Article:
a) Benefitting drug development: Disease biomarkers can play critical roles not only in clinical applications but also in drug discovery and development as related to drug efficacy or toxicity, allowing selection of “the right drugs and the right patients” . For example, more than 90% of new anti-cancer drugs in clinical trials have failed marketing approval, often due to poor efficacies and efficiencies, high toxicities, drug resistance or unexpected safety issues. The lack of disease-specific biomarkers is one of major challenges, often making it difficult to predict drug efficacy. The Section of Disease Biomarkers will accelerate the procedure of biomarker identification and validation for determining drug effects, target specificities and binding, dynamic metabolism and pharmacological kinetics, toxicity profiles, or side-effects. In addition, Disease Biomarkers will emphasize the importance of molecular and cellular responses to drugs under pathophysiological conditions, creating a new concept of “the right biomarker, the right drug and the right patient”. This will benefit our understanding of molecular mechanisms of interactions between biomarkers, drugs and diseases. Optimal biomarkers should allow monitoring drug efficacy and safety and individual responses to specific treatments. Patients evaluated and treated at the early stage of disease may enhance business decisions related to drug development, facilitating regulatory approval for new therapies . Quantification and safety of biomarkers are necessary for final decisions related to new drug development and applications.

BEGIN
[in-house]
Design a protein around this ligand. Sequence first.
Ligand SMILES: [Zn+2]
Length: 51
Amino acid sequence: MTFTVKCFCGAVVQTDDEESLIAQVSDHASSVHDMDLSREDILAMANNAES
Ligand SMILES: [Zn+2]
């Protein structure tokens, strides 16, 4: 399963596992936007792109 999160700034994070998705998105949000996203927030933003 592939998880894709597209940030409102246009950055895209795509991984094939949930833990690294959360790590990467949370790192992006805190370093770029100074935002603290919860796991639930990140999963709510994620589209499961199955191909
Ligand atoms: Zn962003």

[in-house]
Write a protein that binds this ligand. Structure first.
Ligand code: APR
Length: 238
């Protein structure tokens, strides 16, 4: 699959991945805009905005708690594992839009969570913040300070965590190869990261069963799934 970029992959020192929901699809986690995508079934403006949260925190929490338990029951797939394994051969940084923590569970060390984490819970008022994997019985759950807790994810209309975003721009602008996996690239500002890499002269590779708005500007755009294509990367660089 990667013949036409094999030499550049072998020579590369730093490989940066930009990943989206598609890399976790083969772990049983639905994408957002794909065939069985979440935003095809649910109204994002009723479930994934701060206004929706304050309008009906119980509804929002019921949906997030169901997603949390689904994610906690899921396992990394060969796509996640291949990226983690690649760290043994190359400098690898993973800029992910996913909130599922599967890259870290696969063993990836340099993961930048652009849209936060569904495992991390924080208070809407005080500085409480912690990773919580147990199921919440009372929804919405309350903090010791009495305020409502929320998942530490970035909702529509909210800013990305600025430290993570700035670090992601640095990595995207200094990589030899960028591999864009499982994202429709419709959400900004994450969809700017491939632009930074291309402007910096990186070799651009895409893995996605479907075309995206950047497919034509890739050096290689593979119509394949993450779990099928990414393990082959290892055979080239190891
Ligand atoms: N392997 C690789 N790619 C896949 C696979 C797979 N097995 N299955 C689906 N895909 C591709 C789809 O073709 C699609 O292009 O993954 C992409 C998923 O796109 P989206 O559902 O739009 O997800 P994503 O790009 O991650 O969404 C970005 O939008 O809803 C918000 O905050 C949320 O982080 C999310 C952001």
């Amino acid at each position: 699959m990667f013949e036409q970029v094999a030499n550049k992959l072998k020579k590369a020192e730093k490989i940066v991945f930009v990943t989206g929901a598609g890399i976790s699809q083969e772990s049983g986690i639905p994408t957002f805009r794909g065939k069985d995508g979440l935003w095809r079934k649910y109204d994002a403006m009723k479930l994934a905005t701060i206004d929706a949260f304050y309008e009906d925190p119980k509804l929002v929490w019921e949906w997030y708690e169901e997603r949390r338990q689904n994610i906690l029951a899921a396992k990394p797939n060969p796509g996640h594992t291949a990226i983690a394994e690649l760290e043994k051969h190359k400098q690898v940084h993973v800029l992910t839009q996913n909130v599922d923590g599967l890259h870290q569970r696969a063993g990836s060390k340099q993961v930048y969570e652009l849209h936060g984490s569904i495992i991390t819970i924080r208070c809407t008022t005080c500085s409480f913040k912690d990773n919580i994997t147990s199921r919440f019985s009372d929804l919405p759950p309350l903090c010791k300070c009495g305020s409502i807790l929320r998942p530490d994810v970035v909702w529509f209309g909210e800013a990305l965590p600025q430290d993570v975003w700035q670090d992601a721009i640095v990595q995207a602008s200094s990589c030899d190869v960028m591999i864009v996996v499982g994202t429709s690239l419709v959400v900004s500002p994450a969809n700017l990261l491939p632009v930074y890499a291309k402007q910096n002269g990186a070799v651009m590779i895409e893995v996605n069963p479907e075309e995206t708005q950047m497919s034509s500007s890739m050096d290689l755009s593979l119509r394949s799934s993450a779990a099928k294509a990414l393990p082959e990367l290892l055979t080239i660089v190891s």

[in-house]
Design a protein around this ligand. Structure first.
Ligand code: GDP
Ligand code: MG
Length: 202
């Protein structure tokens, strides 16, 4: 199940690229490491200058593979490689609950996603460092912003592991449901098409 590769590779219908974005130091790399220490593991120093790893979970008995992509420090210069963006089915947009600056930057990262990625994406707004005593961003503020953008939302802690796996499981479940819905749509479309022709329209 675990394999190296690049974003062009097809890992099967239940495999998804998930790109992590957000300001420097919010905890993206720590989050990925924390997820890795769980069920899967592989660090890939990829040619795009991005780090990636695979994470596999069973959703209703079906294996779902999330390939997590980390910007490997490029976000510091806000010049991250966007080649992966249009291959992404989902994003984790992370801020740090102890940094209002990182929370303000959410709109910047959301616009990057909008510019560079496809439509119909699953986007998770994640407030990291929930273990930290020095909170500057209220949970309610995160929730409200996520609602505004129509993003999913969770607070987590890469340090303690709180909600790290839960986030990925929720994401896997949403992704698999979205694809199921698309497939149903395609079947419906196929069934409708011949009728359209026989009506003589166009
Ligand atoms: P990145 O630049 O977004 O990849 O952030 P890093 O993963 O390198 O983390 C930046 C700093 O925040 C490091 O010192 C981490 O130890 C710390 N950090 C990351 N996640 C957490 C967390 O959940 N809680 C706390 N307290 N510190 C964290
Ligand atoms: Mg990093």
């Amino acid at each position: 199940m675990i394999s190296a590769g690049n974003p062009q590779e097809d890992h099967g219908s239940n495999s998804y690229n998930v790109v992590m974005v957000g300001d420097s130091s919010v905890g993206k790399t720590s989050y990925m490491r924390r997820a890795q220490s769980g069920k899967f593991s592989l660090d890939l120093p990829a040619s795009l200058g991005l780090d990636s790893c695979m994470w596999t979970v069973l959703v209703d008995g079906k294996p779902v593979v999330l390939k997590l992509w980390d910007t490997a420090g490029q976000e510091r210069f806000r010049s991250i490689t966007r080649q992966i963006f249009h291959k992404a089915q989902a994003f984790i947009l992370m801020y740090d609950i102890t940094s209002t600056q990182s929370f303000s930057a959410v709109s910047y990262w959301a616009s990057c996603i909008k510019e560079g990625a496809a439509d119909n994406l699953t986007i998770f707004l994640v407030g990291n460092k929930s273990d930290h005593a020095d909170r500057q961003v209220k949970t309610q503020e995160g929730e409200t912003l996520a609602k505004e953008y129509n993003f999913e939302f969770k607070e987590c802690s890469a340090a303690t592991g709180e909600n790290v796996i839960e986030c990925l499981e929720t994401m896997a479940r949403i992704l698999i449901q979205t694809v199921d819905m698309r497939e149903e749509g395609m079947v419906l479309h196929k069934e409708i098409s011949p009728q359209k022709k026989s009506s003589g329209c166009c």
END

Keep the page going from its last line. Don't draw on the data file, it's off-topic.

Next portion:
b) Integration of multidisciplinary sciences: Identification, validation, development and marketing of disease-specific biomarkers need to integrate processes in molecular biology, new biotechnologies, clinical sciences, regulatory policies, and clinical applications. “Omic” science and technology play important roles in the identification and discovery of biomarkers. The Omic scope includes genomics, proteomics, metabolomics, pharmacogenomics, transcriptomics, and other high-throughput methodologies. Selected biomarker candidates can be validated using computational biology, high-throughput image analysis, molecular genetics, specimens from human tissue banks, mathematical medicine and biology, protein expression and profiling, and systems biology. Clinical bioinformatics have been suggested as a new way to combine clinical measurements and signs with human tissue-generated bioinformatics, helping to understand the role of selected biomarker candidates in clinical settings, disease development and progression, and therapeutic strategies, and mapping relationships of drug and biomarker candidates with clinical examinations, pathology data, biochemical analysis, imaging, and therapies . For example, locations of targeted biomarkers are validated in human is tissues, using imaging data of tumor regions in various lung compartments. Selectivity and precision of proteomic analyses were performed in patients with chronic lung diseases and cancer . Panels of disease-specific protein biomarkers that define the disease stage were selected in chronic obstructive pulmonary disease. By targeted proteomic analysis, a digital evaluation score system was developed for assessing the severity of the disease, clinical information, and lung function [5, 6]. A number of new integrated scientific areas have been created during the identification and development of disease-specific biomarkers. Genomic medicine was proposed to bring biomarkers into the mainstream of clinical practice and improve therapies and quality of patient life, although such strategies are in the very early stages. Systems clinical medicine has been defined as one of new strategic areas for development of disease biomarkers, involving integration of systems biology, clinical phenotypes, high-throughout technologies, bioinformatics and computational science in order to improve diagnosis, prognosis and therapies of diseases . Next generation sequencing for genomic analysis of individual genomes has been used for single nucleotide polymorphism discovery and estimates of allele frequency, gene ontology analysis of the target genes, analysis of the microRNAs expression, sequencing platforms for mRNA biomarker analysis, genome-wide analysis, and the exploration of the proteome, all of which should lead to the identification of useful protein biomarkers.